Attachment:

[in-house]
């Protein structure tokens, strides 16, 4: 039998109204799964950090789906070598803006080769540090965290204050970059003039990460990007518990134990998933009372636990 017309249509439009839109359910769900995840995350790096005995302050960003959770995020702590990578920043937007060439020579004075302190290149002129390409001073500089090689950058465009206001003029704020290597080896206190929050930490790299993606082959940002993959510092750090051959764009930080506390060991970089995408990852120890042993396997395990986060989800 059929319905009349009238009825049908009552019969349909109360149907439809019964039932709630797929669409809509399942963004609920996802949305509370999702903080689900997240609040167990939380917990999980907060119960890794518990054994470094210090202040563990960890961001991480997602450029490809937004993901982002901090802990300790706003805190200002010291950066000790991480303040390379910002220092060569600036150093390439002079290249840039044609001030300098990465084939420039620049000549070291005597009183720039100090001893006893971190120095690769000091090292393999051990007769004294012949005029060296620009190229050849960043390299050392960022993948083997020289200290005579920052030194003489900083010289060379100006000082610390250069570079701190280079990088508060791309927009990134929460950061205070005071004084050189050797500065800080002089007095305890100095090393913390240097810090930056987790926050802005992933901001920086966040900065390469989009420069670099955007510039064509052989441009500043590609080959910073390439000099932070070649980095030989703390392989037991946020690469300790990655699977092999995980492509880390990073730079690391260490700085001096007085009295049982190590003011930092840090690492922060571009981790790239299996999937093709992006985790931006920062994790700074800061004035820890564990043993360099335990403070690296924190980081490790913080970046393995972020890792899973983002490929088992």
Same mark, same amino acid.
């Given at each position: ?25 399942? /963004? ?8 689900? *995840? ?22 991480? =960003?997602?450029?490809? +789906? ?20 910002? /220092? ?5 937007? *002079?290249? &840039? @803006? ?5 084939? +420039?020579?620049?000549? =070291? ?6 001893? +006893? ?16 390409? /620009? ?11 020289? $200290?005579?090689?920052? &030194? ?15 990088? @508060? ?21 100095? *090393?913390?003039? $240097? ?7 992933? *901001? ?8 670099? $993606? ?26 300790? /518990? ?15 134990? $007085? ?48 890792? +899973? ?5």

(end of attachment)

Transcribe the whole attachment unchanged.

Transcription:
[in-house]
């Protein structure tokens, strides 16, 4: 039998109204799964950090789906070598803006080769540090965290204050970059003039990460990007518990134990998933009372636990 017309249509439009839109359910769900995840995350790096005995302050960003959770995020702590990578920043937007060439020579004075302190290149002129390409001073500089090689950058465009206001003029704020290597080896206190929050930490790299993606082959940002993959510092750090051959764009930080506390060991970089995408990852120890042993396997395990986060989800 059929319905009349009238009825049908009552019969349909109360149907439809019964039932709630797929669409809509399942963004609920996802949305509370999702903080689900997240609040167990939380917990999980907060119960890794518990054994470094210090202040563990960890961001991480997602450029490809937004993901982002901090802990300790706003805190200002010291950066000790991480303040390379910002220092060569600036150093390439002079290249840039044609001030300098990465084939420039620049000549070291005597009183720039100090001893006893971190120095690769000091090292393999051990007769004294012949005029060296620009190229050849960043390299050392960022993948083997020289200290005579920052030194003489900083010289060379100006000082610390250069570079701190280079990088508060791309927009990134929460950061205070005071004084050189050797500065800080002089007095305890100095090393913390240097810090930056987790926050802005992933901001920086966040900065390469989009420069670099955007510039064509052989441009500043590609080959910073390439000099932070070649980095030989703390392989037991946020690469300790990655699977092999995980492509880390990073730079690391260490700085001096007085009295049982190590003011930092840090690492922060571009981790790239299996999937093709992006985790931006920062994790700074800061004035820890564990043993360099335990403070690296924190980081490790913080970046393995972020890792899973983002490929088992």
Same mark, same amino acid.
């Given at each position: ?25 399942? /963004? ?8 689900? *995840? ?22 991480? =960003?997602?450029?490809? +789906? ?20 910002? /220092? ?5 937007? *002079?290249? &840039? @803006? ?5 084939? +420039?020579?620049?000549? =070291? ?6 001893? +006893? ?16 390409? /620009? ?11 020289? $200290?005579?090689?920052? &030194? ?15 990088? @508060? ?21 100095? *090393?913390?003039? $240097? ?7 992933? *901001? ?8 670099? $993606? ?26 300790? /518990? ?15 134990? $007085? ?48 890792? +899973? ?5």